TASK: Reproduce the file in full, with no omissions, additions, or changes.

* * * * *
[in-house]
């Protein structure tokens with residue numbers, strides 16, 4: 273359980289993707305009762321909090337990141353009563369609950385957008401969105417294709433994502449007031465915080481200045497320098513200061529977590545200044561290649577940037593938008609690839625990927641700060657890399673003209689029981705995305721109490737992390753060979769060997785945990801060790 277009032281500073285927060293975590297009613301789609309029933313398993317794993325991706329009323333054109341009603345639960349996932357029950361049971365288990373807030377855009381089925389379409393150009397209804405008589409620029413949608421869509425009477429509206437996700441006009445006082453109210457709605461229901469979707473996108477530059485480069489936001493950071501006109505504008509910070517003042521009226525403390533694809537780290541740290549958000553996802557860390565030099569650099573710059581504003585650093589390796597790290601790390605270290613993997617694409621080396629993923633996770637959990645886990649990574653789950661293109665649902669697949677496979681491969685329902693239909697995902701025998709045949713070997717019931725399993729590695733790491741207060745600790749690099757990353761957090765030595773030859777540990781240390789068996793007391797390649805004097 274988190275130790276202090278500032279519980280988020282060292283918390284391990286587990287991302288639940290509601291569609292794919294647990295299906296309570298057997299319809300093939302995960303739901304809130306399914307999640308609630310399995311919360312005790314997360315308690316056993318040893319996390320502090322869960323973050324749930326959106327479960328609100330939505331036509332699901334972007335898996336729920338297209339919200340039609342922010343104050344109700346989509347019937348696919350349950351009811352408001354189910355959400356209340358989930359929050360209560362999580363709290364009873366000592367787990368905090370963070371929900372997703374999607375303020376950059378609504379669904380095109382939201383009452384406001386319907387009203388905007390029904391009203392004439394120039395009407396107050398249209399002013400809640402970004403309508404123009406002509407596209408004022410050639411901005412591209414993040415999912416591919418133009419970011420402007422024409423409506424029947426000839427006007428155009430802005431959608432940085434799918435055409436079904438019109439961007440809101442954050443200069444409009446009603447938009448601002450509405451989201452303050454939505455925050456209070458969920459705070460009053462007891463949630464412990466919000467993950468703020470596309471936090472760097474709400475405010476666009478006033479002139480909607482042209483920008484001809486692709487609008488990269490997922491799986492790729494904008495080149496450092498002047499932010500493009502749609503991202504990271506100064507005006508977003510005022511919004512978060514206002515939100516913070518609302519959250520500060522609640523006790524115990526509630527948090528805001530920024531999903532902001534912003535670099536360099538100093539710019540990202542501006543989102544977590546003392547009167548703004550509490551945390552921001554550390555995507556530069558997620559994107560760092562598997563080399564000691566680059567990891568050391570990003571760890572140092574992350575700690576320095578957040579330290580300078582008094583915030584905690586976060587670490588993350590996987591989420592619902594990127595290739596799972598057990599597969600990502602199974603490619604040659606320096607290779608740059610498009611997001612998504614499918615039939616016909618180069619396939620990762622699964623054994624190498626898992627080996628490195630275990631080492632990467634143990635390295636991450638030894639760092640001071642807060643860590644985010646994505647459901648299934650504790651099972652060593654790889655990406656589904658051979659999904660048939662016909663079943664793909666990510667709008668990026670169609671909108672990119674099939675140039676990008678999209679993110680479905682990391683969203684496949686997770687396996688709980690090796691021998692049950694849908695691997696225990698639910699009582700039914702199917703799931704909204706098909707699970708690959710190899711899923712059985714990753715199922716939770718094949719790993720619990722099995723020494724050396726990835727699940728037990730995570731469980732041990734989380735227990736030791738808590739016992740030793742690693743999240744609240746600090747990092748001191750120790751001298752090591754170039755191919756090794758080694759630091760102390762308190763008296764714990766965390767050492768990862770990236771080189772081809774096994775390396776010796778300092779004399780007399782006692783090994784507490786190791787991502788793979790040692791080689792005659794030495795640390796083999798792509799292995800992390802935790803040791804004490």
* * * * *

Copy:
[in-house]
């Protein structure tokens with residue numbers, strides 16, 4: 273359980289993707305009762321909090337990141353009563369609950385957008401969105417294709433994502449007031465915080481200045497320098513200061529977590545200044561290649577940037593938008609690839625990927641700060657890399673003209689029981705995305721109490737992390753060979769060997785945990801060790 277009032281500073285927060293975590297009613301789609309029933313398993317794993325991706329009323333054109341009603345639960349996932357029950361049971365288990373807030377855009381089925389379409393150009397209804405008589409620029413949608421869509425009477429509206437996700441006009445006082453109210457709605461229901469979707473996108477530059485480069489936001493950071501006109505504008509910070517003042521009226525403390533694809537780290541740290549958000553996802557860390565030099569650099573710059581504003585650093589390796597790290601790390605270290613993997617694409621080396629993923633996770637959990645886990649990574653789950661293109665649902669697949677496979681491969685329902693239909697995902701025998709045949713070997717019931725399993729590695733790491741207060745600790749690099757990353761957090765030595773030859777540990781240390789068996793007391797390649805004097 274988190275130790276202090278500032279519980280988020282060292283918390284391990286587990287991302288639940290509601291569609292794919294647990295299906296309570298057997299319809300093939302995960303739901304809130306399914307999640308609630310399995311919360312005790314997360315308690316056993318040893319996390320502090322869960323973050324749930326959106327479960328609100330939505331036509332699901334972007335898996336729920338297209339919200340039609342922010343104050344109700346989509347019937348696919350349950351009811352408001354189910355959400356209340358989930359929050360209560362999580363709290364009873366000592367787990368905090370963070371929900372997703374999607375303020376950059378609504379669904380095109382939201383009452384406001386319907387009203388905007390029904391009203392004439394120039395009407396107050398249209399002013400809640402970004403309508404123009406002509407596209408004022410050639411901005412591209414993040415999912416591919418133009419970011420402007422024409423409506424029947426000839427006007428155009430802005431959608432940085434799918435055409436079904438019109439961007440809101442954050443200069444409009446009603447938009448601002450509405451989201452303050454939505455925050456209070458969920459705070460009053462007891463949630464412990466919000467993950468703020470596309471936090472760097474709400475405010476666009478006033479002139480909607482042209483920008484001809486692709487609008488990269490997922491799986492790729494904008495080149496450092498002047499932010500493009502749609503991202504990271506100064507005006508977003510005022511919004512978060514206002515939100516913070518609302519959250520500060522609640523006790524115990526509630527948090528805001530920024531999903532902001534912003535670099536360099538100093539710019540990202542501006543989102544977590546003392547009167548703004550509490551945390552921001554550390555995507556530069558997620559994107560760092562598997563080399564000691566680059567990891568050391570990003571760890572140092574992350575700690576320095578957040579330290580300078582008094583915030584905690586976060587670490588993350590996987591989420592619902594990127595290739596799972598057990599597969600990502602199974603490619604040659606320096607290779608740059610498009611997001612998504614499918615039939616016909618180069619396939620990762622699964623054994624190498626898992627080996628490195630275990631080492632990467634143990635390295636991450638030894639760092640001071642807060643860590644985010646994505647459901648299934650504790651099972652060593654790889655990406656589904658051979659999904660048939662016909663079943664793909666990510667709008668990026670169609671909108672990119674099939675140039676990008678999209679993110680479905682990391683969203684496949686997770687396996688709980690090796691021998692049950694849908695691997696225990698639910699009582700039914702199917703799931704909204706098909707699970708690959710190899711899923712059985714990753715199922716939770718094949719790993720619990722099995723020494724050396726990835727699940728037990730995570731469980732041990734989380735227990736030791738808590739016992740030793742690693743999240744609240746600090747990092748001191750120790751001298752090591754170039755191919756090794758080694759630091760102390762308190763008296764714990766965390767050492768990862770990236771080189772081809774096994775390396776010796778300092779004399780007399782006692783090994784507490786190791787991502788793979790040692791080689792005659794030495795640390796083999798792509799292995800992390802935790803040791804004490």